# Proving Linear Independent Vector Space

Let $Z$ be a linearly independent subset of a vector space $D$. Prove that if $W$ $\subseteq$ $Z$ then $W$ is also linearly independent.

What I tried: I tried to use the fact that $\alpha_1 z_1 + \alpha_2z_2 + ··· + \alpha_n z_n = \vec{0}$ where $\alpha_i \in \mathbb{R}$, $z_i \in Z$

but I had trouble relating that fact to W

• Suppose that $W$ is not linearly independent. What does this say about the linear independence of element in $Z$? Jan 19 '16 at 17:28

The fact that you want to look at is:

$$\alpha_1 z_1 + \alpha_2 z_2 + \cdots + \alpha_n z_n = 0 \Rightarrow \alpha_i = 0 \;\;\;\forall i$$

Without loss of generality let $W = \{z_i : i\leq k\}$. Now suppose that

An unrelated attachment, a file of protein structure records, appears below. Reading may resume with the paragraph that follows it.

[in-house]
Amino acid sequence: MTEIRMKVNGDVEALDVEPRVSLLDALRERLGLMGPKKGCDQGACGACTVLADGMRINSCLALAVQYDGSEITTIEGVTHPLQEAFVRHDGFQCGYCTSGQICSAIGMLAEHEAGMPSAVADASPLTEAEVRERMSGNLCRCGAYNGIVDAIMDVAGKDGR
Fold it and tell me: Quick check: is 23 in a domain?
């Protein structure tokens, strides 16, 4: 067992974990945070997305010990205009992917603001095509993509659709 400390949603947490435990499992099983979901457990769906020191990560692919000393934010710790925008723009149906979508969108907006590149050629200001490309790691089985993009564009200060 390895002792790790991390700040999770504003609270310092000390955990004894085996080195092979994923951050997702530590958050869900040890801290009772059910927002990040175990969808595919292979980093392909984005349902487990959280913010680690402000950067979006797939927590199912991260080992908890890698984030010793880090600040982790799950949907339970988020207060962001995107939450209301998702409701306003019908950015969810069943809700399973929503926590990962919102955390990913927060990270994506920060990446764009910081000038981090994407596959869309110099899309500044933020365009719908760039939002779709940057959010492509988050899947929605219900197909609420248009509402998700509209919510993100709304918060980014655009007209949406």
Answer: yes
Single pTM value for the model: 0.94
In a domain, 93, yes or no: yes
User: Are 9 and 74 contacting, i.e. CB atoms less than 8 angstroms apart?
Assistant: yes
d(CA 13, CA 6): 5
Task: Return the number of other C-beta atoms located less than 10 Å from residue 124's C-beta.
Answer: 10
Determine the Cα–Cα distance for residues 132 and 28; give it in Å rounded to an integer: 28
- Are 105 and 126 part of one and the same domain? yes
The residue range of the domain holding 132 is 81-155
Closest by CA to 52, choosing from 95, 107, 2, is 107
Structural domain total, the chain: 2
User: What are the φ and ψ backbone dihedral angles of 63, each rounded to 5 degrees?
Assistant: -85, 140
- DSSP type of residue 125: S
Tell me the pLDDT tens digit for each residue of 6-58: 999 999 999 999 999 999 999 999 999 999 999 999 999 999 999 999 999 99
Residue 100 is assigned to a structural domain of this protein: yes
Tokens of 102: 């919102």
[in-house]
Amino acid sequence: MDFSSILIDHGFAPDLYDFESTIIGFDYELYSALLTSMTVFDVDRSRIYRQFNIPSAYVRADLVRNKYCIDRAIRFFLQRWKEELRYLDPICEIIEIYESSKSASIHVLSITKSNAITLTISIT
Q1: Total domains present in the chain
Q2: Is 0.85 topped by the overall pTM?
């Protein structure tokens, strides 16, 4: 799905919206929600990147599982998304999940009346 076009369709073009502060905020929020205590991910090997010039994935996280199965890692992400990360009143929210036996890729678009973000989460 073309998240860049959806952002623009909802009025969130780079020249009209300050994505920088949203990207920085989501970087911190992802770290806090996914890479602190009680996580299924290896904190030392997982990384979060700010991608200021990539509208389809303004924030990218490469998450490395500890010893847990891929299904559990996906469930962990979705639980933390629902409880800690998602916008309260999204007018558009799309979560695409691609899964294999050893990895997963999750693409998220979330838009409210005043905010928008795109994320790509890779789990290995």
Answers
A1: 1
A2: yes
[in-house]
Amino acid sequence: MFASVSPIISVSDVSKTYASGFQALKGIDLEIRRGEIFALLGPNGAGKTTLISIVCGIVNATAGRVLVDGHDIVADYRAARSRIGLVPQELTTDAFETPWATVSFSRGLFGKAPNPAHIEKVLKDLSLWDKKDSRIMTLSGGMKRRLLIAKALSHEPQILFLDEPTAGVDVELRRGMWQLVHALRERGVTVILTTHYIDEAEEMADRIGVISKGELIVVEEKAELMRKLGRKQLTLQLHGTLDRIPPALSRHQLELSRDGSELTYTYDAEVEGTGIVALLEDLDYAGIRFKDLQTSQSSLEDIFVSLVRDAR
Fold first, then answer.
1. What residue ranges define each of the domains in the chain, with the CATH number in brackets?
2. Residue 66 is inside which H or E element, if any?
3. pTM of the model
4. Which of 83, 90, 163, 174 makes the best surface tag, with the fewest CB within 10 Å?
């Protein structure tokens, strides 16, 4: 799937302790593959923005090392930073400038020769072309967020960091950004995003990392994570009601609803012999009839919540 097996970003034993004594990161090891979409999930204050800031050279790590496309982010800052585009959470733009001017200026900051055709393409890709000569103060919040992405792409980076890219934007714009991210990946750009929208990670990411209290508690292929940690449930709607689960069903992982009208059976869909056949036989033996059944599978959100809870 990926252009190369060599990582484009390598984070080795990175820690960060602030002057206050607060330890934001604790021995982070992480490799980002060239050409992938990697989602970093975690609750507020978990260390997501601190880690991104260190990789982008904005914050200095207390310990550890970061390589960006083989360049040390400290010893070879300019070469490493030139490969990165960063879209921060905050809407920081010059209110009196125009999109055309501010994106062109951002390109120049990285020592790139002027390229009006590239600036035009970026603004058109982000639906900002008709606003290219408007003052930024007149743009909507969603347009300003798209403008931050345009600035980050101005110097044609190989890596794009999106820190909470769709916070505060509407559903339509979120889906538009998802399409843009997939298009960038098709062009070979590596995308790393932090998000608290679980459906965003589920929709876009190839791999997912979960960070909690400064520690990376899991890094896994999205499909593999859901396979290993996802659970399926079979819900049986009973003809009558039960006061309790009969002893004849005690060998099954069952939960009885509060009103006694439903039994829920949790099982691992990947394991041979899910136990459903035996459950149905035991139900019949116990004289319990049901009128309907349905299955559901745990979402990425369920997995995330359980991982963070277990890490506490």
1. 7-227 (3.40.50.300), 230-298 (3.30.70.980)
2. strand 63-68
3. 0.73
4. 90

$$\alpha_1' z_1 + \alpha_2' z_2 + \cdots \alpha_k' z_k = 0.$$

Then if not all $\alpha_i'$ were zero then

$$\alpha_1' z_1 + \alpha_2' z_2 + \cdots + \alpha_k' z_k + 0\cdot z_{k+1} + 0\cdot z_{k+2} + \cdots + 0\cdot z_n = 0$$

contradicting the linear independence of $W$ since not all $\alpha'$ are zero.

• why would it contradict linear independence of $Z$ if not all $\alpha_i =0$? If $\alpha_1 z_1 + \alpha_2 z_2 + \cdots \alpha_k z_k = 0$, then that does not necessarily mean that $\alpha_{n-k} z_{n-k} + \alpha_{n-k+1} z_{n-k+1} + \cdots \alpha_n z_n = 0$ Jan 19 '16 at 17:46
• I added a little bit to my answer. I think you are slightly confused about the definition of linear independence. The definition is the first line of my answer. Jan 19 '16 at 17:53
• Okay, thanks, that clears a lot up. Jan 19 '16 at 17:54